How do you fulfill your volunteer hours?

ocbird(9CA)August 28, 2004

I don't like doing plant sales (the major venue for MGs here in orange county) so i volunteered to help a local elementary school start a school garden.

I'm focusing on butterfly and hummingbird plants. Also quick growing vegies to satisfy the kids' need for immediate gratification!

As a bonus, the first grade teacher has asked me to give an occasional botany lesson to her class.

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pawleyscruser(z8 SC)

The are various ways the MGs here fulfill their hours, including:

1) Work at a Plant Problem Clinic. Each week, a table is setup in a central location in a shopping center mall, and MGs are available (10 AM to 2 PM, 1 day wach week, during the growing season)to answer questions, take soil samples for laboratory analysis, etc. Most of the questions relate to ornamentals and turfgrasses, and few to fruits and vegetables. Sometimes, the "commercial guys" (you know who they are) stop by with their questions and problems, as well.

2) Conduct seminars, lectures and workshops. A recent event I participated in was a lecture on "Growing, Harvesting and Cooking with Herbs."

3) Our Grand Strand MG Assn. has several "continuing" projects. We work with 2 local middle schools (and 1 library) to teach kids that age how to create, plant, and maintain gardens. Look at the "Children's Garden" and "Community Gardens" forums on this site for more information on this subject. The kids do the design and labor, we counsel and supervise. Another of our continuing projects is a cooperative project with NOAA, dealing with "phytoplankton research". Contact NOAA in a major metro area to see if this is something you can do there.

4) Work as a volunteer at an Extension Service office, or at a local public garden. Many of the MGs (and non-MGs, as well)here are involved in this activity.

Good Luck and Good Gardening!

    Bookmark   August 28, 2004 at 1:09PM
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I worked as a volunteer for our county fair. One day I worked with judges in the 4-H horticulture section and another day in the open class vegetables. I also helped with a flower and vegetable clinic for 4-H youth a couple weeks prior to the fair to help them know how to choose plants for exhibiting.

    Bookmark   August 28, 2004 at 3:55PM
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Our Penn State Master Gardeners of Greene County have been busy for several years providing education and advice to our community. We rarely do any physical work such as weeding or planting but do present seminars on various subjects, set up and man booths at local festivals and fairs, present a Tiny Tim tomato project at local libraries, answer questions referred to us by the local extension office and are available individually to present programs to local groups such as Mothers of Pre-Schoolers (MOPS). We have presented a lot of classes on composting and have given away a couple hundred composting bins provided for us by the DEP and Penn State. We have worked as a group with an eye to planning enough activities for the new MGs to complete their required hours while the rest of us find that our 20 hours happen without much effort. Our secret has been that we function as a loosely organized group rather than as individuals.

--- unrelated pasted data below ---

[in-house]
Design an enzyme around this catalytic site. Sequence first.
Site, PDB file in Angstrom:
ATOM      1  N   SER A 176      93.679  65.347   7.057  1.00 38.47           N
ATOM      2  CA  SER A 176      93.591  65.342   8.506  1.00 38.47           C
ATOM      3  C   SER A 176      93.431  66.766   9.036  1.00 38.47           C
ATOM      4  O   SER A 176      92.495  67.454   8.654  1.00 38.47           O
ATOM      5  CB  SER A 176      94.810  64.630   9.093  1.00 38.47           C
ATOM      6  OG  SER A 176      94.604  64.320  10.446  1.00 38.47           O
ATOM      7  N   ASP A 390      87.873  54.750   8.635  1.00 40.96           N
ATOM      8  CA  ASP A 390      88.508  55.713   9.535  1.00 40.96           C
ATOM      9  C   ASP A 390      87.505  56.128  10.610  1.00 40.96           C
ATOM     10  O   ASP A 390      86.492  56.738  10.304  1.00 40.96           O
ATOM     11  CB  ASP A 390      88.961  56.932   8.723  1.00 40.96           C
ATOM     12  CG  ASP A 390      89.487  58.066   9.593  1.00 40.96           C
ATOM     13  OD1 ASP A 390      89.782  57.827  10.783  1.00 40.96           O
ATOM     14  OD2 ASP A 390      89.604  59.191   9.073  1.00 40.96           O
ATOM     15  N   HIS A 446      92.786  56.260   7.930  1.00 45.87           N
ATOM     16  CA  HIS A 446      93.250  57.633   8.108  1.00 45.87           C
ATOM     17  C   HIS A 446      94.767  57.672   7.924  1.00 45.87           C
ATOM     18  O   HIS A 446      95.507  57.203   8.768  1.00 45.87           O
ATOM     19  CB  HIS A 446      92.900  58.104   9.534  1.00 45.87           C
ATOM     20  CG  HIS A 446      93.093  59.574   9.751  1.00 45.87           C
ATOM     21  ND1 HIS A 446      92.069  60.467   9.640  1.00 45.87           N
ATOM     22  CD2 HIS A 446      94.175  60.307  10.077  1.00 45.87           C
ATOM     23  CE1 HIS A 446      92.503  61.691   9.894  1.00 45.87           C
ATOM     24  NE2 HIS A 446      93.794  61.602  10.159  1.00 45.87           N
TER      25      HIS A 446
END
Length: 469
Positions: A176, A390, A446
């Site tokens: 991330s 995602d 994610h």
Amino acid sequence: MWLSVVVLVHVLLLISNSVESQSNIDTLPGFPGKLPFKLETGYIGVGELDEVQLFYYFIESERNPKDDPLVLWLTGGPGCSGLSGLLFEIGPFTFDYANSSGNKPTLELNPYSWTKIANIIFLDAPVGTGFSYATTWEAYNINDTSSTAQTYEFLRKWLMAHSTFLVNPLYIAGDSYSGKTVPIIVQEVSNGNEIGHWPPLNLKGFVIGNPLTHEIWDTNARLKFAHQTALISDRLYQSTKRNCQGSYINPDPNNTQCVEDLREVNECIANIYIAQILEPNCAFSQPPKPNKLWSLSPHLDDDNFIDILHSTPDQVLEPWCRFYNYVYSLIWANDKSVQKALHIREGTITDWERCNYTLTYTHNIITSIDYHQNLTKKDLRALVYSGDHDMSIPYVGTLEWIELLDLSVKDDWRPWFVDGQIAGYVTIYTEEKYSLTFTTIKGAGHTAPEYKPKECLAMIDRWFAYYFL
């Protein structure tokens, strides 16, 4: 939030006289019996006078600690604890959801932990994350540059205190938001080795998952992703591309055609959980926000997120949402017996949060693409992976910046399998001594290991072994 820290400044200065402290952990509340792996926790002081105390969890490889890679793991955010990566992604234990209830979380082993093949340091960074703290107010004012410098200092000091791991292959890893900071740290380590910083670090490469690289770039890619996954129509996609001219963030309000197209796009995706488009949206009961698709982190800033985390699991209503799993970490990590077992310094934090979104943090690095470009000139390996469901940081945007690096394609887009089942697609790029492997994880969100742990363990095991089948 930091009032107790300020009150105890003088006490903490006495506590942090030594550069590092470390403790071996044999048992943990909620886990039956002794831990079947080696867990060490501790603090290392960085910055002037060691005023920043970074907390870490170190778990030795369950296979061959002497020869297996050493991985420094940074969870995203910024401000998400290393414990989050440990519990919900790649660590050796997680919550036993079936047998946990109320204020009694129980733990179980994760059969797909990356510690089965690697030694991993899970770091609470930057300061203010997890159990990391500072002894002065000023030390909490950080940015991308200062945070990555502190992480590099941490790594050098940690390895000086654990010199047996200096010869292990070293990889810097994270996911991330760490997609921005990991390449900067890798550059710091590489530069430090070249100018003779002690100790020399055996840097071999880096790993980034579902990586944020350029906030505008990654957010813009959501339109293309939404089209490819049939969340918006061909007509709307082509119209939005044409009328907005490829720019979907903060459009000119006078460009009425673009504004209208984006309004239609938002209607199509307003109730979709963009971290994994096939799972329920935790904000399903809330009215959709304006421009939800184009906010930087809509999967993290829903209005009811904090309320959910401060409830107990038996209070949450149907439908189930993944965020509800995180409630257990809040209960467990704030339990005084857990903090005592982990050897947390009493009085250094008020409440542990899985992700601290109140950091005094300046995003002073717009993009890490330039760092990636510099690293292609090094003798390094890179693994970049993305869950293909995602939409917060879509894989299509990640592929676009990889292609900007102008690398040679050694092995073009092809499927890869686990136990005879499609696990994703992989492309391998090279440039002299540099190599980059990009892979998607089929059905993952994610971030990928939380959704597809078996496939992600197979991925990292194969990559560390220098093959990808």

Bookmark   August 28, 2004 at 4:32PM
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coffeemom(Broward z10)

I'm with you ocbird. I did a large portion of my hours with Girl Scouts. We did landscaping for Kids in Distress. We planted and mulched gardens in front of the group homes.
Later this year we want to do a butterfly garden at a school.

    Bookmark   August 28, 2004 at 8:02PM
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janet_la(z8b Louisiana)

Since I work full time, I fulfill most of my hours working at plant health clinics. Right now, I have to miss all the interesting parts of the plant sale (propagating the plants, etc.), but I do take off work the day before the sale and help set up. I also work at the sale on Saturday. I would love to be able to do more, but until I retire (12 more LONG years, sigh), this will have to do. The continuing education hours aren't as hard to get - some of them are in the evenings. Occasionally, I will take off work for a few hours if there's a particularly interesting class on a week day.